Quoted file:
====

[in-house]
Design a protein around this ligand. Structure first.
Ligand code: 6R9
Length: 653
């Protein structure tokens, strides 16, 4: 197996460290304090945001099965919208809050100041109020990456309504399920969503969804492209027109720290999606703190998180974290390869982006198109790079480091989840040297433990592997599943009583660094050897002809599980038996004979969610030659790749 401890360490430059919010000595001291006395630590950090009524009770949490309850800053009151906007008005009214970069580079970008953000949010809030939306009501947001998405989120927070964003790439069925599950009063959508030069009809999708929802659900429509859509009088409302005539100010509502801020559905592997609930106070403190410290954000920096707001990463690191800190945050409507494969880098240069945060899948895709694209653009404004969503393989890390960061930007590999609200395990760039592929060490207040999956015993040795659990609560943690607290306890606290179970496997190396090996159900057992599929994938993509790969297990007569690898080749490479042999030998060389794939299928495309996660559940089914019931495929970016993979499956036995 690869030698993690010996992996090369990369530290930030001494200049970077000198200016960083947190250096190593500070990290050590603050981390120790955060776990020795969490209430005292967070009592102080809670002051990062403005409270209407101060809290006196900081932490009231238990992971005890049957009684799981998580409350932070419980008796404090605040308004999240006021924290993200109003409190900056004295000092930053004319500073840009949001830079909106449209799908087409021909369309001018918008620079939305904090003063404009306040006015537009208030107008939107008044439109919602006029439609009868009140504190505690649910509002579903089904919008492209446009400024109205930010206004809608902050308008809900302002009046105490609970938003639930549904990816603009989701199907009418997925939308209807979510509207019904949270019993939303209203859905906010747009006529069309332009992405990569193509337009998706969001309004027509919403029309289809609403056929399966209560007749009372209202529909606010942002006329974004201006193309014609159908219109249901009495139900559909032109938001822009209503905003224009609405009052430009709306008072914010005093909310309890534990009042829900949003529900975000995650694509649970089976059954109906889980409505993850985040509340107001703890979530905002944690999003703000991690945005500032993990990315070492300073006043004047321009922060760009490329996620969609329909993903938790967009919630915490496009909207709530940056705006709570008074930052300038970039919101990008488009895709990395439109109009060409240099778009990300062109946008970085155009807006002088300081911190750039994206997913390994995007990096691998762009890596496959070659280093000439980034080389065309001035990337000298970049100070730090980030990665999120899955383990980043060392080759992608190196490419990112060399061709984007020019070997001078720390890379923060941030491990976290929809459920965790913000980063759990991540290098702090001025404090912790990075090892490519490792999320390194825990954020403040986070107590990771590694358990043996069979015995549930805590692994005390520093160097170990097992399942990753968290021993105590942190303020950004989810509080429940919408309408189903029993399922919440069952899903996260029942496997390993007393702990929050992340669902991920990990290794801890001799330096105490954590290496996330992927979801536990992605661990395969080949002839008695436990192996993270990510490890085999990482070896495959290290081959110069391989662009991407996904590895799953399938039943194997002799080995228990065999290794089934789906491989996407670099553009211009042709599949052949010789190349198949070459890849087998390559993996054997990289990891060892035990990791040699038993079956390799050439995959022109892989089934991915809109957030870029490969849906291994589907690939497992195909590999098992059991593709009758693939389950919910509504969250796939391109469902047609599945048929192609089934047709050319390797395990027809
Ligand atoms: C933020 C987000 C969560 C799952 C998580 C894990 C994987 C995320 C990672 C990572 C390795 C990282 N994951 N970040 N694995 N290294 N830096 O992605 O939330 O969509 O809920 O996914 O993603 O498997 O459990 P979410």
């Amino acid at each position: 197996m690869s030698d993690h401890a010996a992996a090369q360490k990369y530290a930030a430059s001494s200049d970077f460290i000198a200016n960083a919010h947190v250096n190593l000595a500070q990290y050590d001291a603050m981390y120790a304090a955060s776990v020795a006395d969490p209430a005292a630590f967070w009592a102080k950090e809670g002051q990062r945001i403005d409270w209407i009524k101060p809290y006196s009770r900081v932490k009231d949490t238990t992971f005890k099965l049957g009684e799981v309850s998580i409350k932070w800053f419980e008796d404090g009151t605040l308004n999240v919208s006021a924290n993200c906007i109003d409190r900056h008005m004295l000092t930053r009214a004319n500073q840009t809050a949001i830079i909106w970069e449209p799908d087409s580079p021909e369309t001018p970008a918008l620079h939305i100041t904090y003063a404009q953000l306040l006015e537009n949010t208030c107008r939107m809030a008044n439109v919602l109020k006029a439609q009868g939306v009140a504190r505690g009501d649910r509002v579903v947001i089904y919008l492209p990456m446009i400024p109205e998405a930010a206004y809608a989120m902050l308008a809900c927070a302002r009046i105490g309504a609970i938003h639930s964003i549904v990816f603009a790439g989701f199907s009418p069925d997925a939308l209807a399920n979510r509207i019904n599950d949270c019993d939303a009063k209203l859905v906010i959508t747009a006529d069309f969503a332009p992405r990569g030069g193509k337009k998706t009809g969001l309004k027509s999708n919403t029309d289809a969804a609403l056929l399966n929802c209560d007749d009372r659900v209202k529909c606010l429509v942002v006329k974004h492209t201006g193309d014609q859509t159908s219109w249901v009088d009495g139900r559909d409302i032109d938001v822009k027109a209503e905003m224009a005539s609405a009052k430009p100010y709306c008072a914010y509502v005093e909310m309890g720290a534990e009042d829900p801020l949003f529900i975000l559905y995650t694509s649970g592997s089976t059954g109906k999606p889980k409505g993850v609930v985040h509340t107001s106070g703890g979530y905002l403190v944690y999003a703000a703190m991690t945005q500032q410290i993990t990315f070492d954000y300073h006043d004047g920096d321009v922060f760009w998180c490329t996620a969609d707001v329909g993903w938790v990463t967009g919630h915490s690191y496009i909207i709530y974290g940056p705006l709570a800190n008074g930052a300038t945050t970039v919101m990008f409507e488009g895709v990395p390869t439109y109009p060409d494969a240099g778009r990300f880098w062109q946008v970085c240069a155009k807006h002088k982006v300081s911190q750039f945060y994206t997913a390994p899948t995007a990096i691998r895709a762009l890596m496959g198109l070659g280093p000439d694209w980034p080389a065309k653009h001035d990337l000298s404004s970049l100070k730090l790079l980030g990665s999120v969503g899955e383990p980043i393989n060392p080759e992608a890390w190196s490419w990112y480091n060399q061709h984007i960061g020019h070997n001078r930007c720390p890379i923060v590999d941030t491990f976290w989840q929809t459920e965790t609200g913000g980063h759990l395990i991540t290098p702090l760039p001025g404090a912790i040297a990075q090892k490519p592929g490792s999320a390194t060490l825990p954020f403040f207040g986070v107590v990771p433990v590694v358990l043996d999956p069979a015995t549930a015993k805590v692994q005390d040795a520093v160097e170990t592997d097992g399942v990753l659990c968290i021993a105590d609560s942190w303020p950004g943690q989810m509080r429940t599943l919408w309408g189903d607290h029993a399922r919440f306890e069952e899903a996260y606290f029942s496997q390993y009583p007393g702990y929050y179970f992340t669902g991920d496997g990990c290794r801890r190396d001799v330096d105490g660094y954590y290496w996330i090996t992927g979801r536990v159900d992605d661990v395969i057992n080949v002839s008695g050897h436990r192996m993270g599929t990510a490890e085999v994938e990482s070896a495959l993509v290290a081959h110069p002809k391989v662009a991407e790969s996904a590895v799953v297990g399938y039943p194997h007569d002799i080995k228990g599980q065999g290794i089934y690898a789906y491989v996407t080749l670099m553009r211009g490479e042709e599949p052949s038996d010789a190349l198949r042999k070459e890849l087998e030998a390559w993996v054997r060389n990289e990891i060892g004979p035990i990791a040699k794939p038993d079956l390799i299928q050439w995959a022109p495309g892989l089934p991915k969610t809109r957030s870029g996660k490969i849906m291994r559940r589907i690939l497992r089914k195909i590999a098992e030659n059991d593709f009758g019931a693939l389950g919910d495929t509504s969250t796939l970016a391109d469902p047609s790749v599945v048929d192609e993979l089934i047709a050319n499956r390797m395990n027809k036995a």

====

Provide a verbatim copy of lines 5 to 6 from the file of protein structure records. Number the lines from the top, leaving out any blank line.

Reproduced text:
């Protein structure tokens, strides 16, 4: 197996460290304090945001099965919208809050100041109020990456309504399920969503969804492209027109720290999606703190998180974290390869982006198109790079480091989840040297433990592997599943009583660094050897002809599980038996004979969610030659790749 401890360490430059919010000595001291006395630590950090009524009770949490309850800053009151906007008005009214970069580079970008953000949010809030939306009501947001998405989120927070964003790439069925599950009063959508030069009809999708929802659900429509859509009088409302005539100010509502801020559905592997609930106070403190410290954000920096707001990463690191800190945050409507494969880098240069945060899948895709694209653009404004969503393989890390960061930007590999609200395990760039592929060490207040999956015993040795659990609560943690607290306890606290179970496997190396090996159900057992599929994938993509790969297990007569690898080749490479042999030998060389794939299928495309996660559940089914019931495929970016993979499956036995 690869030698993690010996992996090369990369530290930030001494200049970077000198200016960083947190250096190593500070990290050590603050981390120790955060776990020795969490209430005292967070009592102080809670002051990062403005409270209407101060809290006196900081932490009231238990992971005890049957009684799981998580409350932070419980008796404090605040308004999240006021924290993200109003409190900056004295000092930053004319500073840009949001830079909106449209799908087409021909369309001018918008620079939305904090003063404009306040006015537009208030107008939107008044439109919602006029439609009868009140504190505690649910509002579903089904919008492209446009400024109205930010206004809608902050308008809900302002009046105490609970938003639930549904990816603009989701199907009418997925939308209807979510509207019904949270019993939303209203859905906010747009006529069309332009992405990569193509337009998706969001309004027509919403029309289809609403056929399966209560007749009372209202529909606010942002006329974004201006193309014609159908219109249901009495139900559909032109938001822009209503905003224009609405009052430009709306008072914010005093909310309890534990009042829900949003529900975000995650694509649970089976059954109906889980409505993850985040509340107001703890979530905002944690999003703000991690945005500032993990990315070492300073006043004047321009922060760009490329996620969609329909993903938790967009919630915490496009909207709530940056705006709570008074930052300038970039919101990008488009895709990395439109109009060409240099778009990300062109946008970085155009807006002088300081911190750039994206997913390994995007990096691998762009890596496959070659280093000439980034080389065309001035990337000298970049100070730090980030990665999120899955383990980043060392080759992608190196490419990112060399061709984007020019070997001078720390890379923060941030491990976290929809459920965790913000980063759990991540290098702090001025404090912790990075090892490519490792999320390194825990954020403040986070107590990771590694358990043996069979015995549930805590692994005390520093160097170990097992399942990753968290021993105590942190303020950004989810509080429940919408309408189903029993399922919440069952899903996260029942496997390993007393702990929050992340669902991920990990290794801890001799330096105490954590290496996330992927979801536990992605661990395969080949002839008695436990192996993270990510490890085999990482070896495959290290081959110069391989662009991407996904590895799953399938039943194997002799080995228990065999290794089934789906491989996407670099553009211009042709599949052949010789190349198949070459890849087998390559993996054997990289990891060892035990990791040699038993079956390799050439995959022109892989089934991915809109957030870029490969849906291994589907690939497992195909590999098992059991593709009758693939389950919910509504969250796939391109469902047609599945048929192609089934047709050319390797395990027809
Ligand atoms: C933020 C987000 C969560 C799952 C998580 C894990 C994987 C995320 C990672 C990572 C390795 C990282 N994951 N970040 N694995 N290294 N830096 O992605 O939330 O969509 O809920 O996914 O993603 O498997 O459990 P979410």